Skincare Woes During Pregnancy and How to Manage them Safely

Besides aches and pains, pregnant women also have to deal with exasperating skin problems.

Some of the common skincare woes during pregnancy are:

  • Acne and Blemishes – During pregnancy, sweat glands become more active and the oil secretions increase. This results in more pimples, breakouts and acne – reminiscent of teenage days and can be annoying to say the least! 
  • Darkening of skin and Hyperpigmentation – Another unwelcome side-effect of pregnancy is darkening of the skin especially on the tummy, the armpits, nipples and the genitalia. This is due to increase in melanin deposits on the skin. Pre-existing moles may darken as well. A dark blemish can also appear on your face called melasma or the “pregnancy mask”. 
  • Dry Skin – As the growing baby inside your womb demands more nourishment, your skin feels drier. This along with hormonal changes and the stretching of skin all lead to the body feeling dry and parched.
  • Stretch marks– As the skin stretches to accommodate the growing foetus, purplish wavy lines appear most commonly on the tummy, breasts, thighs and groin. In the third trimester, the stretching and distension of the tummy causes the skin to split. After delivery, the stretch lines become paler and lighter but the striae (split lines) remain as permanent scars. 
  • Spider veins – The increased vascularity and increased volume of blood in the body leads to redness of the palms, the appearance of varicose veins on the legs and in the vagina. It also causes “spider nevi” or appearance of web of blood vessels on the face and chest. In fact, the attractive pregnancy glow is also a result of an increased volume of blood which cause the cheeks to appear redder and more flushed than before.
  • Women with pre-existing skin conditions, such as eczema, psoriasis, or rosacea, may also experience a change in their symptoms resulting in either a temporary relief or a worsening of condition.

Most of these conditions fortunately improve on their own post-delivery.

What exacerbates the problem is that pregnant women might not be able to use their usual skin care products, as seemingly innocent topical products get absorbed through the skin and not only expose the woman but her unborn baby to harmful effects. 

Some of the ingredients best avoided during pregnancy are:

  • Retinoids – Commonly found in anti-ageing products as they fight acne, reduce fine lines, aid exfoliation of skin and boost collagen production. However, high doses of retinoids such as Tretinoin (Retin-A) have been linked to birth irregularities and are advised against during pregnancy.
  • Hydroquinone – is a prescription product to lighten skin or reduce skin pigmentation. But since the body can absorb huge amounts of Hydroquinone, it is best avoided during pregnancy.
  • Phthalates – are chemicals that are found in cosmetics, beauty and personal products. Since phthalates such as diethylphthalate (DEP) are known to be endocrine-disrupting, various studies have shown that phthalate exposure can lead to serious reproductive and developmental dysfunction.
  • Formaldehyde – Though the use of formaldehyde has been discontinued as it has been flagged as a carcinogen and for its negative impact on fertility, certain formaldehyde-releasing chemicals can still be found in cosmetics with a similar potentially dangerous effect.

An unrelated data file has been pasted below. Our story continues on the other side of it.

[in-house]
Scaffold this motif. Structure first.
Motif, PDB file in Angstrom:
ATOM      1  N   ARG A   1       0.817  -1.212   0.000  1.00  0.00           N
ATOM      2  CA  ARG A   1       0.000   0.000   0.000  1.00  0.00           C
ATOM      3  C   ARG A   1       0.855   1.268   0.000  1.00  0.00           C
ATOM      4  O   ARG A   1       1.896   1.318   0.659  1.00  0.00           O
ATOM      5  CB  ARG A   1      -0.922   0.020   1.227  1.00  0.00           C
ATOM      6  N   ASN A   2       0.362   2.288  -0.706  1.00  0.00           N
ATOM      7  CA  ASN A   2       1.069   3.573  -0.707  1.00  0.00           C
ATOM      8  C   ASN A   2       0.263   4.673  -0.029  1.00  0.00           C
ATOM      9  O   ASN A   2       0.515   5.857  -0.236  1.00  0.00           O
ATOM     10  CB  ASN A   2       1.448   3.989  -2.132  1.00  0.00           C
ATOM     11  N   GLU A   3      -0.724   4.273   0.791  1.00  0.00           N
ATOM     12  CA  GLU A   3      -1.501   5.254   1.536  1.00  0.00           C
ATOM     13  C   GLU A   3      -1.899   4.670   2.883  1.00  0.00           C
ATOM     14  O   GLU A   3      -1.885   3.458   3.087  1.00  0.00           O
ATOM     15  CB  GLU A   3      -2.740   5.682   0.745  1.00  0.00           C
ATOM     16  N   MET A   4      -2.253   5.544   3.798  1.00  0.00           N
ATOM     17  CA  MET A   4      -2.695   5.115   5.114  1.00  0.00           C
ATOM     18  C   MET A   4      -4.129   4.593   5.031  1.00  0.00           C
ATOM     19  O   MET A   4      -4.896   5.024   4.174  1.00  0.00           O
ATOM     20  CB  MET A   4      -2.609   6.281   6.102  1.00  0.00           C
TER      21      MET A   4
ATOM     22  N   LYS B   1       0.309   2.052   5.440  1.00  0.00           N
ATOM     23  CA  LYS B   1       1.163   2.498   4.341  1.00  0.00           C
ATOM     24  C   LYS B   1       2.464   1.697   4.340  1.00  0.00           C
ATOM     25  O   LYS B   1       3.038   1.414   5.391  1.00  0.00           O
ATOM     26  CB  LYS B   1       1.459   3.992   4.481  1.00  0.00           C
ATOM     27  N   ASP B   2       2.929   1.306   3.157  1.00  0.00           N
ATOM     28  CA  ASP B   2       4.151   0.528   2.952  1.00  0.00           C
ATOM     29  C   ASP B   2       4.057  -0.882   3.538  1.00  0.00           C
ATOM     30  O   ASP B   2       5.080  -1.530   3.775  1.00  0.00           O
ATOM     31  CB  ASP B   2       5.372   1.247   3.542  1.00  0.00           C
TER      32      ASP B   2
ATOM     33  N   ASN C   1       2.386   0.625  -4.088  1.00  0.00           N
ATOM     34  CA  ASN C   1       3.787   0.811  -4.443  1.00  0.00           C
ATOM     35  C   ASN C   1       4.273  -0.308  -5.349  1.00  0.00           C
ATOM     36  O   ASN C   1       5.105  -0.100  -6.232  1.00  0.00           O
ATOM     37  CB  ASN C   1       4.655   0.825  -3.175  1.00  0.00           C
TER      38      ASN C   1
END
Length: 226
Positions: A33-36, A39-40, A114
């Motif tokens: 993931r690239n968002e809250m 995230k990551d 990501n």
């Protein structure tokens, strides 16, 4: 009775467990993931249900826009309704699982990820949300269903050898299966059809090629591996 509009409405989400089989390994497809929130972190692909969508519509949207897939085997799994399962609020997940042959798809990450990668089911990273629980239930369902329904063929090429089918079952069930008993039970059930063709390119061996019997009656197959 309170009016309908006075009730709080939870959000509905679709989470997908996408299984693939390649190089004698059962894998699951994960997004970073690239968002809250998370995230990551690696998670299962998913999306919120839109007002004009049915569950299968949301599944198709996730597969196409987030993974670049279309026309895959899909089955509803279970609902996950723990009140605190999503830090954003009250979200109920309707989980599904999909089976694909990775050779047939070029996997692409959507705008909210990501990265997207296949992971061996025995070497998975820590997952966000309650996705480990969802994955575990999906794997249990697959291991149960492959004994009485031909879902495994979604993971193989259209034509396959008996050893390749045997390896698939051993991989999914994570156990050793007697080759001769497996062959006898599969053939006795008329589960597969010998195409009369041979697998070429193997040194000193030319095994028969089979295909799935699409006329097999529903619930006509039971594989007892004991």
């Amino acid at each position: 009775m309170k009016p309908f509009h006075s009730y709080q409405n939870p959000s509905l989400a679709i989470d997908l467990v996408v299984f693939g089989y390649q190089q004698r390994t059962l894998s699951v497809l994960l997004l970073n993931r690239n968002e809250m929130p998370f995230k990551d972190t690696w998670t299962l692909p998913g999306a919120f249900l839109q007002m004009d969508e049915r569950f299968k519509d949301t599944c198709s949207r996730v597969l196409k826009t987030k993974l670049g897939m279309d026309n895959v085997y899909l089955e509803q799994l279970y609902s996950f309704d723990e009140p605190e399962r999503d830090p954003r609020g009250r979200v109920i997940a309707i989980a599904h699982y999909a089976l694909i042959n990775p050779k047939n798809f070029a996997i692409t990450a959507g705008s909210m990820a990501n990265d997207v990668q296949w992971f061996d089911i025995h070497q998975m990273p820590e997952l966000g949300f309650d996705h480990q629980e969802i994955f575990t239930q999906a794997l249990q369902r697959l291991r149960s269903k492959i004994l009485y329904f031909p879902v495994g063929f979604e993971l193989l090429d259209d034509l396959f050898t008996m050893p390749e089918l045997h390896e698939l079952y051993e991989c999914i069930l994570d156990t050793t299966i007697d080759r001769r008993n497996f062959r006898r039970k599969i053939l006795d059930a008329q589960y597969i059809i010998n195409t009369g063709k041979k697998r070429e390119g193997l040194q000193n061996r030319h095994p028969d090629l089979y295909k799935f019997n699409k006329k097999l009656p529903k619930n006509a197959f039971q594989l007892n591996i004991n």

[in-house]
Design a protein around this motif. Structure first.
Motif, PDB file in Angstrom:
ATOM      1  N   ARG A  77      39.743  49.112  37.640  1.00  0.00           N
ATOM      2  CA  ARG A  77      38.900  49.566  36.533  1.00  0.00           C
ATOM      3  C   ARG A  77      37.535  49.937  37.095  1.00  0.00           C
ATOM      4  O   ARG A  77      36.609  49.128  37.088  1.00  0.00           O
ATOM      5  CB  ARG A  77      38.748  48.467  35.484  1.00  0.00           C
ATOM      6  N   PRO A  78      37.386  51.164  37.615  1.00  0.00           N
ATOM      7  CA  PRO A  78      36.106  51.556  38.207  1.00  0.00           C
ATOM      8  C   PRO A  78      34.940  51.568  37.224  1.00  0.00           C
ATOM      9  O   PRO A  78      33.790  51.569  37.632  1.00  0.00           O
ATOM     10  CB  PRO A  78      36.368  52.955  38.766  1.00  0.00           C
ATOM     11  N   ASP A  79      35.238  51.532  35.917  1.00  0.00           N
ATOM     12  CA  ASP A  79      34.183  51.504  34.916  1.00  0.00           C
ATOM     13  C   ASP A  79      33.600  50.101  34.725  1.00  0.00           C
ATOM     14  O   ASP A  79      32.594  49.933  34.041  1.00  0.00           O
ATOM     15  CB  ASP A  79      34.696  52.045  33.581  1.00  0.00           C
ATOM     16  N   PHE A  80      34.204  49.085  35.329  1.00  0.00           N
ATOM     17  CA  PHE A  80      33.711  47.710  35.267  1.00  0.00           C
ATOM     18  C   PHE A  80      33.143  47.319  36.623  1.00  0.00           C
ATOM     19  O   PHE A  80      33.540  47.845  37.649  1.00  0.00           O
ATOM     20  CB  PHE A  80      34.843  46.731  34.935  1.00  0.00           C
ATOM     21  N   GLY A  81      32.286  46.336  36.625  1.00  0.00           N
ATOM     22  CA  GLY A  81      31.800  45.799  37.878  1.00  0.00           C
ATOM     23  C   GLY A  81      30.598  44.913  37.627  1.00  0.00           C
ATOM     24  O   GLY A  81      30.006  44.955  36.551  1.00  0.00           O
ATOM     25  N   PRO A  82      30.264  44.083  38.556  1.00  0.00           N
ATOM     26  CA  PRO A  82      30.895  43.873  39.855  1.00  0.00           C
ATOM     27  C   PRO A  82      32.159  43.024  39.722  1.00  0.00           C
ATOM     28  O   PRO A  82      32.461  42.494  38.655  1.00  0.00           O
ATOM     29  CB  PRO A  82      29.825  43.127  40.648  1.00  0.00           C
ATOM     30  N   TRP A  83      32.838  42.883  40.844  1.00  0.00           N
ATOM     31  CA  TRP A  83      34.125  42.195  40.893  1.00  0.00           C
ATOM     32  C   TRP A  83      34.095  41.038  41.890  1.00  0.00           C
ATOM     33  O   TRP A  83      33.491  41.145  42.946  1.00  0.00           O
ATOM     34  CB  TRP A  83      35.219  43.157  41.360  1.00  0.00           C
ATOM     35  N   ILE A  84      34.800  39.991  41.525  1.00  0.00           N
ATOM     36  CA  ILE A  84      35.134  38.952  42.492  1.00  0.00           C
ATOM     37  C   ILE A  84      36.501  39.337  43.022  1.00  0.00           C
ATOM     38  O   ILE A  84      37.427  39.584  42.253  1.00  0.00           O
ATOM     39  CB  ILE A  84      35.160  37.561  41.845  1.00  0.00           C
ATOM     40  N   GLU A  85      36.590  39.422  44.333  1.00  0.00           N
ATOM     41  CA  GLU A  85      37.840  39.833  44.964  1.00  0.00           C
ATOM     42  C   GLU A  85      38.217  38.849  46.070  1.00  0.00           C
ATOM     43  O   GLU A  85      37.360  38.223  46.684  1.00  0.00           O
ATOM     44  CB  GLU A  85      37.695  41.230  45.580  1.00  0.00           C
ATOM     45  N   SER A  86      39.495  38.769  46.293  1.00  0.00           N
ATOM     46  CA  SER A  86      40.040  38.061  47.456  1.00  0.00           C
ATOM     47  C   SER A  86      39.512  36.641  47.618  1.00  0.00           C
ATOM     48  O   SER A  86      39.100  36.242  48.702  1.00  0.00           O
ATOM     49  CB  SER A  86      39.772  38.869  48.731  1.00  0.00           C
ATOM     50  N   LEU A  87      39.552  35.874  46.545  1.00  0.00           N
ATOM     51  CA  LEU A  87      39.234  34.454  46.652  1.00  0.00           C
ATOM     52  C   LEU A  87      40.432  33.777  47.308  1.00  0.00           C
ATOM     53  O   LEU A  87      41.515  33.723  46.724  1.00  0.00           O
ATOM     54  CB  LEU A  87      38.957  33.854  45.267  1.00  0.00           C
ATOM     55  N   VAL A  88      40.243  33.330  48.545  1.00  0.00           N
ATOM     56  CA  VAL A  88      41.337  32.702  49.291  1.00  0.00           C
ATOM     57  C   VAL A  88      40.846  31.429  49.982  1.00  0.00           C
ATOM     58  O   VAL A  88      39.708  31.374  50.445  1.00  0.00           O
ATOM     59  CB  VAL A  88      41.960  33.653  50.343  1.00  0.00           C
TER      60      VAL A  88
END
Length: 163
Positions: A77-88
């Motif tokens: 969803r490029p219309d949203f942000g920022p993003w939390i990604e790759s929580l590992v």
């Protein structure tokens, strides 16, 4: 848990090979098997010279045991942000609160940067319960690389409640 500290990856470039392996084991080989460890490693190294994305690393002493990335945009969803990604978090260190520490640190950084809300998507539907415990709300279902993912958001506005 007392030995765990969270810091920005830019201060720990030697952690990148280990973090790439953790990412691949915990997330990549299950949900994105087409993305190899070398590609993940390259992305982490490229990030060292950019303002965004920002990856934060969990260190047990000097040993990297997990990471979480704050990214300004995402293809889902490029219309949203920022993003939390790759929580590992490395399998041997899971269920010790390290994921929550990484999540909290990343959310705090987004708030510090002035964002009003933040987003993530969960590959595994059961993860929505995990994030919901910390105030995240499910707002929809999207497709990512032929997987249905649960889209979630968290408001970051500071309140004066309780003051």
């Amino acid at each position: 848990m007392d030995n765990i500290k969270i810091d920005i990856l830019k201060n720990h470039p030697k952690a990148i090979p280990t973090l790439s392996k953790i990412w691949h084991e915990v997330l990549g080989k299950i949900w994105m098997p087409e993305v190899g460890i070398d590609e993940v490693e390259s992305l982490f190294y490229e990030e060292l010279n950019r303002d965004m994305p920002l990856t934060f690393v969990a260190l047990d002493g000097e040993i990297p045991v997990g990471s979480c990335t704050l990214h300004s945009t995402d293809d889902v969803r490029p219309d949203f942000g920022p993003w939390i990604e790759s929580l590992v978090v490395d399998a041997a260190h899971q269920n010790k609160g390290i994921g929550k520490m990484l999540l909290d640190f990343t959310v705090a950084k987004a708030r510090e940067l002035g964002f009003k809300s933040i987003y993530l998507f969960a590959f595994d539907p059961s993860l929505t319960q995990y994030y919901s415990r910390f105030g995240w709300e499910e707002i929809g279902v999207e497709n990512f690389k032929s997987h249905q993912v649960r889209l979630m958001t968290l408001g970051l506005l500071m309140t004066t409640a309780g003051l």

• Oxybenzone and its derivatives – commonly found in sunscreens as ultraviolet filter. Though effective in blocking harmful UV rays, these chemicals are also endocrine disruptors and can cause permanent damage to the expectant mum and her unborn Oxybenzone exposure has been linked to several birth irregularities and even neurological conditions in adulthood.

Safer Alternatives to Take Care of Your Skin During Pregnancy

  • Glycolic acid and similar ones such as azelaic acid can safely and effectively deal with acne and help to reduce fine lines as well as reduce skin pigmentation during pregnancy.
  • Topical benzoyl peroxide and topical salicylic acid are anti inflammatory, preventing breakouts and are considered safe when used in low doses.
  • Topical antioxidants, such as vitamin C, Vitamin E & Green tea are safe alternatives to protect the skin from damage and also to boost collagen.
  • Moisturizers with natural ingredients such as coconut oil, cocoa butter, peptides, or ones with hyaluronic acid (HA) can improve hydration. Other tips to mitigate dryness and itchiness are to use a mild, moisturizing bath soap, avoid over-scrubbing and regularly moisturizE the “stretch marks” zone.
  • To prevent sun burn and pigmentation, it is best to avoid stepping out in the hot sun and if you have to, use a broad-spectrum sun block. Using a moisturiser with a sun block with SPF factor of at least 15 to 20 is helpful. Choose mineral-based sunscreens with ingredients such as zinc oxide and titanium dioxide, that protect the skin by preventing absorption of harmful UV rays.
  • Consult your doctor for worsening eczema, psoriasis or acne that cannot be controlled at home. You may be prescribed oral medications, topical creams or mild steroids to control the condition.

Since the jury is out on the effects of a lot of ingredients found in skin care products, it is best to limit your routine to the basics during pregnancy – cleanse, moisturize and use sun block. Finally, good sleep, healthy food and an exercise regimen can not only keep you healthy but also protect your pregnancy glow and give you great looking skin.

If you have any concerns or questions regarding pregnancy or skin health during pregnancy, post questions for our expert panelists to answer here